Video: The strange way fluids slosh on the International Space Station
The next time you pour yourself a glass of water, pause before you drink it. First, swirl the clear liquid around the glass. Gently slosh it back and forth. Tap the glass on the tabletop, and watch the patterns that form on the surface.
Now imagine the same exercise … in zero gravity. Would the waves and ripples look the same? Would the liquid slosh more, or less? Faster, or slower?
NASA engineers spend a surprising amount of time asking themselves these same questions.
Their interest centers not on water glasses, but rather on fuel tanks. NASA's most powerful rockets use liquid fuel, and when these rockets blast off, the propellants slosh around.
Scientists have a good idea how liquids slosh in normal Earth gravity where the weight and viscosity of the liquid rule its dynamics. Deep space is different, however. Weightless propellants are guided by surface tension and capillary effects. Far from Earth, they could slosh and froth in unexpected ways.
"Modern computer models try to predict how liquid moves inside a propellant tank," says Brandon Marsell of NASA's Fluid Group at the Kennedy Space Center. "Most of the models we have were validated under 1 g conditions on Earth. None have been validated in microgravity."
Enter the SPHERES-Slosh experiment.
"The International Space Station provides the perfect environment to conduct liquid behavior studies in microgravity," says the principal investigator, Paul Schallhorn also at Kennedy. "So we have designed an experiment that simulates how rocket fuels move around inside their tanks."
Built by Professor Dan Kirk and colleagues at the Florida Institute of Technology, SPHERES-Slosh is, essentially, a fluid chamber grappled by a pair of bowling ball-sized robots. The two SPHERES (a product of the Space Systems Laboratory at MIT) were already onboard the space station when the Slosh chamber arrived in February 2014. Together, the robots move the chamber back and forth to mimic common spacecraft maneuvers such as the "BBQ roll", attitude adjustments, and engine shut-downs.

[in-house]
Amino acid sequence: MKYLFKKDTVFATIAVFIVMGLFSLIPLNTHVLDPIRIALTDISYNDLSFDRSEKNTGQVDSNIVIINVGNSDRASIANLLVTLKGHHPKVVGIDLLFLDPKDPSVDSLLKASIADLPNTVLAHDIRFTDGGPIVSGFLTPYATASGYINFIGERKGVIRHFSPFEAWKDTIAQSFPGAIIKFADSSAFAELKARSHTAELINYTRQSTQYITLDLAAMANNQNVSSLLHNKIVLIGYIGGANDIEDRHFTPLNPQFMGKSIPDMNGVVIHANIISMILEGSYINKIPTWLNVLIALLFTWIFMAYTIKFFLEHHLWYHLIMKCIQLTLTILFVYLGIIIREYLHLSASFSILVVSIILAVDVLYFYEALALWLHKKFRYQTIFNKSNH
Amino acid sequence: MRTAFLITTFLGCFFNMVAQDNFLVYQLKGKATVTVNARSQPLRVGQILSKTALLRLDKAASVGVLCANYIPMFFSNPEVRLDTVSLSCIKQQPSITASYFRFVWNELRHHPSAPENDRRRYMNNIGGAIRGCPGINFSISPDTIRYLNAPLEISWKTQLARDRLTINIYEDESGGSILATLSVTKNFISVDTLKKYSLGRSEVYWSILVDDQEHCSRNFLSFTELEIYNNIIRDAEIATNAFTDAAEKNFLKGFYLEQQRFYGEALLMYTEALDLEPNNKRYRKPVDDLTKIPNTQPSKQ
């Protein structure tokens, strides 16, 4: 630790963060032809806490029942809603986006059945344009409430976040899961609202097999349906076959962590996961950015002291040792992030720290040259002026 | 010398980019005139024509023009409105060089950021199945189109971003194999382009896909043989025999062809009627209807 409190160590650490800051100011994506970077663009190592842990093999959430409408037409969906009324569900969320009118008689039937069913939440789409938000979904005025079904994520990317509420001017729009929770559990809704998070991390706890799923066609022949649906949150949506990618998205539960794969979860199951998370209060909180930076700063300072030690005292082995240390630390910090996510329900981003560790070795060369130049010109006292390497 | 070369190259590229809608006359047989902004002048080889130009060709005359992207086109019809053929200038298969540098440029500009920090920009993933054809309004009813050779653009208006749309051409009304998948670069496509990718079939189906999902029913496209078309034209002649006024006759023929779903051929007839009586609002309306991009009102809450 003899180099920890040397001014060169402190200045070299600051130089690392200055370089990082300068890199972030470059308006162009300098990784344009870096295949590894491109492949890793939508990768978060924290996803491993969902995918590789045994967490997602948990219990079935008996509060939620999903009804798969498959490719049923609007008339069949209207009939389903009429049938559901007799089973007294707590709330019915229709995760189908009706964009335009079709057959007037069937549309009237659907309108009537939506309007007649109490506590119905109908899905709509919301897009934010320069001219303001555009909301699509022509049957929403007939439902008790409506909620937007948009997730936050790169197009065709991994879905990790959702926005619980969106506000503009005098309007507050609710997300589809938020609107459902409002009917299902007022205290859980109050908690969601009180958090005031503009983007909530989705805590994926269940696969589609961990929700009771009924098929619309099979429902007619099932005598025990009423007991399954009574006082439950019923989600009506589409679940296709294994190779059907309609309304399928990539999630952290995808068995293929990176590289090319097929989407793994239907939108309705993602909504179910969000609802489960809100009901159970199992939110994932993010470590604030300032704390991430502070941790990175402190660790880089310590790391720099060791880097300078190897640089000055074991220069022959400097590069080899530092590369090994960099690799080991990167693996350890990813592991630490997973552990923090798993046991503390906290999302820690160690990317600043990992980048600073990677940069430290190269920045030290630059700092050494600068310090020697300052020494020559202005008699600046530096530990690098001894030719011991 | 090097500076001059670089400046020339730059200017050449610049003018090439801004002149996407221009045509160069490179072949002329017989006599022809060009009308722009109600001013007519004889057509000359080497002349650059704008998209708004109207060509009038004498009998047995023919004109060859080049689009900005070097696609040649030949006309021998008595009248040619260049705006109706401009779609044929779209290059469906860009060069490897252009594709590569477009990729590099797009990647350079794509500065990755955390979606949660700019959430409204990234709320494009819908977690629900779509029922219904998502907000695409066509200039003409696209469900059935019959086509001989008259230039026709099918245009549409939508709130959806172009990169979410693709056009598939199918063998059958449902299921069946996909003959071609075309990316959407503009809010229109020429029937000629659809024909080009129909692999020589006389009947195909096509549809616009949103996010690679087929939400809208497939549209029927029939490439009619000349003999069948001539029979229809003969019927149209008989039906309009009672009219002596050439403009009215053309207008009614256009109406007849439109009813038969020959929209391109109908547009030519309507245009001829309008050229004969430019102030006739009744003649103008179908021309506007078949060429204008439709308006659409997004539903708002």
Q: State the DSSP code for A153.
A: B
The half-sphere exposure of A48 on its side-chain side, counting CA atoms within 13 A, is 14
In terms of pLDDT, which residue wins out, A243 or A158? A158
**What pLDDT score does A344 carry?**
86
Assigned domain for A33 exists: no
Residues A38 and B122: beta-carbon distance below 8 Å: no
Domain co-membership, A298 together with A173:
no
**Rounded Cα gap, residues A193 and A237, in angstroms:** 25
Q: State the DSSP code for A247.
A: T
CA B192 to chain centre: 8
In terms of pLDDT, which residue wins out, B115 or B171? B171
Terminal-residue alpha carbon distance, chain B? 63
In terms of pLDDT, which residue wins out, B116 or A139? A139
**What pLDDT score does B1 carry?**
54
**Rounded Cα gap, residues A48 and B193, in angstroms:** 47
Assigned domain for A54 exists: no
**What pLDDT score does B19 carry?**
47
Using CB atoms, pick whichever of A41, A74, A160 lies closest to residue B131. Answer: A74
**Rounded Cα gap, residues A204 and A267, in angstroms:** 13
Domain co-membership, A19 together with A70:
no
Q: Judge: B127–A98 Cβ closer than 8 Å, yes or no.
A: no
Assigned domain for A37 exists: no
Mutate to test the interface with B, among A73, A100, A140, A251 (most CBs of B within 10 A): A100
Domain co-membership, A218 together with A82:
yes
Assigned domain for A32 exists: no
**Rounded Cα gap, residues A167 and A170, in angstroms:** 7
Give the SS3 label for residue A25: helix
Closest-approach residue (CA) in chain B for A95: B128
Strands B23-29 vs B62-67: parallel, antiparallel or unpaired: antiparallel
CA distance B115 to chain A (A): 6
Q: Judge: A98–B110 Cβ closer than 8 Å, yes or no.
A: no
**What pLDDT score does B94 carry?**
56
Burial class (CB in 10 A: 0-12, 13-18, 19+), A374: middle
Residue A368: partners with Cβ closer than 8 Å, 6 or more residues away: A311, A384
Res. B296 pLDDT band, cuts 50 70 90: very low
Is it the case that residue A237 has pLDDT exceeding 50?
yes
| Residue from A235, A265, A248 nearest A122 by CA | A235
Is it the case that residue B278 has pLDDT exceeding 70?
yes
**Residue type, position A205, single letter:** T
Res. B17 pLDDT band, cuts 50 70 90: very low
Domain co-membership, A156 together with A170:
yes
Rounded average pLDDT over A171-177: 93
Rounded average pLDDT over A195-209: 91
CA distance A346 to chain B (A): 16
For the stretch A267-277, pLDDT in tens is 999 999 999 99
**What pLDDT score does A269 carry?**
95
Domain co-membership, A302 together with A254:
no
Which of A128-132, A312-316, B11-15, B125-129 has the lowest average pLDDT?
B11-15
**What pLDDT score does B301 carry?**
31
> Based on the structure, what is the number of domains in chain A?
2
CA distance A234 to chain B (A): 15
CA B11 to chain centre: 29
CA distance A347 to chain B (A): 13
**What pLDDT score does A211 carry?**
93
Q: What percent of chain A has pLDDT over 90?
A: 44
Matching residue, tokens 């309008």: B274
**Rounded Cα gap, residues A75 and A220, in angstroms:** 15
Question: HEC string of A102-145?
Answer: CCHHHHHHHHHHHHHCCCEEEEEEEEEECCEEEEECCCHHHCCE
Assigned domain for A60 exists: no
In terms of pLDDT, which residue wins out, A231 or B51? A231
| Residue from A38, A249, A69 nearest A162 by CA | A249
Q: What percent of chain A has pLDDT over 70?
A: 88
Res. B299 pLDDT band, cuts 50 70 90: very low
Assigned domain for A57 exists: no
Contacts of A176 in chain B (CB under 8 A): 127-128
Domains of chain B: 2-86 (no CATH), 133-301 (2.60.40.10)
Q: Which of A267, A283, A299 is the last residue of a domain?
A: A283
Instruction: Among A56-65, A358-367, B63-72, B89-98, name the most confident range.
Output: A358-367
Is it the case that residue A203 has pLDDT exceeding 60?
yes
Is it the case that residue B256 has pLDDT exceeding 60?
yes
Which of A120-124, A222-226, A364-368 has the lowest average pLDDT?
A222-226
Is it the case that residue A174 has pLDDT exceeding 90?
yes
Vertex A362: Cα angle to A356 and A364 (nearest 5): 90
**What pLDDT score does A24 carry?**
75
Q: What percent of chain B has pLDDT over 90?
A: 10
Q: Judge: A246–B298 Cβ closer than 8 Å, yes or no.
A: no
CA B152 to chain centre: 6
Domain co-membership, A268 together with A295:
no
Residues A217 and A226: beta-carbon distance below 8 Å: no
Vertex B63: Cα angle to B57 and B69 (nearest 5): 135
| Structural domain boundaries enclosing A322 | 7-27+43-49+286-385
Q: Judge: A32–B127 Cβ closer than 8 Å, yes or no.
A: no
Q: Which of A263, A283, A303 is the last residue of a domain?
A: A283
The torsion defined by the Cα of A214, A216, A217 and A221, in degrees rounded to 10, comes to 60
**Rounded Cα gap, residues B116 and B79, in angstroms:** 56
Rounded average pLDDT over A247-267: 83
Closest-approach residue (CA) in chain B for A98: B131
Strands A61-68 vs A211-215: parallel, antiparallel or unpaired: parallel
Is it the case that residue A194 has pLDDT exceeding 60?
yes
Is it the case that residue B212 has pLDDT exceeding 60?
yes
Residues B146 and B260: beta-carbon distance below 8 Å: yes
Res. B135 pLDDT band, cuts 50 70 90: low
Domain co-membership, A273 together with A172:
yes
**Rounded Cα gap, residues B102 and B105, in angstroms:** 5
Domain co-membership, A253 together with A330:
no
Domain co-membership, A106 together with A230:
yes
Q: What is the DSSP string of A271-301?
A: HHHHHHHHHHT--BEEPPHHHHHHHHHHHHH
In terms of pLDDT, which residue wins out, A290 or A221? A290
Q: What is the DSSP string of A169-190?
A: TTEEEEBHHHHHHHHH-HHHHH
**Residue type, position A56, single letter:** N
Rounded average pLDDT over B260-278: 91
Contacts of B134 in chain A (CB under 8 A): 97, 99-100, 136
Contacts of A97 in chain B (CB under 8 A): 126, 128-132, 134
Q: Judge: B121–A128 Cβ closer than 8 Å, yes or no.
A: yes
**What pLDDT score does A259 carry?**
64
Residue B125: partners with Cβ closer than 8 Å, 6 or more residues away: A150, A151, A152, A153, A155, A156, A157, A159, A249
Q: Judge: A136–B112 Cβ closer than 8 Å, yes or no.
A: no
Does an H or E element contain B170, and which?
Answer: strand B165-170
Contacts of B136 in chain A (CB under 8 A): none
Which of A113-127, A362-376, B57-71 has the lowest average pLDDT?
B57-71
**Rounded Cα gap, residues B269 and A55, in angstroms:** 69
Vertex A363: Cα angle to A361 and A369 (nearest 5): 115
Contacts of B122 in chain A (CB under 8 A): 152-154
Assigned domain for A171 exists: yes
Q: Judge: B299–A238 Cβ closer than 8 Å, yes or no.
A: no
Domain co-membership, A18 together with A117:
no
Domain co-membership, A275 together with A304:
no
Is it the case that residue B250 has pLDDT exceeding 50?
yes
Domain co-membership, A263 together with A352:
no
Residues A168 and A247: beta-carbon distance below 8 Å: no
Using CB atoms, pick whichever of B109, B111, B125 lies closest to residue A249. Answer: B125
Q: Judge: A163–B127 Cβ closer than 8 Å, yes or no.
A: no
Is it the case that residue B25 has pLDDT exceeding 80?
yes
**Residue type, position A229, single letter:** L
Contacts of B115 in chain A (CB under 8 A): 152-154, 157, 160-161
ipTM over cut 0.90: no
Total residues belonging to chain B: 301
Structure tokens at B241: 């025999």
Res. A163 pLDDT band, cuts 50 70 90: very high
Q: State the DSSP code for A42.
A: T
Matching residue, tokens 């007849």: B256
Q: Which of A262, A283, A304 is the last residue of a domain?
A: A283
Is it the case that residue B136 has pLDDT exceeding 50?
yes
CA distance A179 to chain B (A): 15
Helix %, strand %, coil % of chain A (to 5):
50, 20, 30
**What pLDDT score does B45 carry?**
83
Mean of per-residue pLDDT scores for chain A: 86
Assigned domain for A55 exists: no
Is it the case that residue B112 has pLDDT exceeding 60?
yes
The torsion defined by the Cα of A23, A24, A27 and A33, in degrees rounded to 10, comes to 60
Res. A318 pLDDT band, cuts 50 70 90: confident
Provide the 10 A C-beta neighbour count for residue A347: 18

In 2014, astronauts supervised the robots as they made three test runs using chambers 20% and 40% filled with fluid—much like a partially-spent fuel tank.
"We use water mixed with a bit of green food coloring," says Schallhorn.
Why water? "For one thing, it is a safe fluid for the space station. Water is on the approved list of fluids we can send to the station," he explains. "Also, its viscosity is similar to hydrazine, a propellant used by satellites; and its density is similar to liquid oxygen, an important cryogenic propellant."
During the experiments, which can last as long as six hours, cameras, gyros and accelerometers record the motions of the water.
"We are getting great data," says Marsell. "So far," he says, "our computer models on Earth have done a good job predicting wave motions inside the chamber."
But there is a mystery….
"It has to do with bubbles," says Schallhorn. "The way bubbles form and interact inside the chamber is surprising—and not predicted by our models. We were taken off guard with what we saw in the data."
The bubbling and frothing of shaken fuels is cutting-edge research in fluid dynamics, and SPHERE-Slosh is showing that it may be very important.
Jacob Roth of the Fluids Group at KSC adds, "this is something we plan to investigate further. Who knows? It might just shake up our understanding of fluids in space."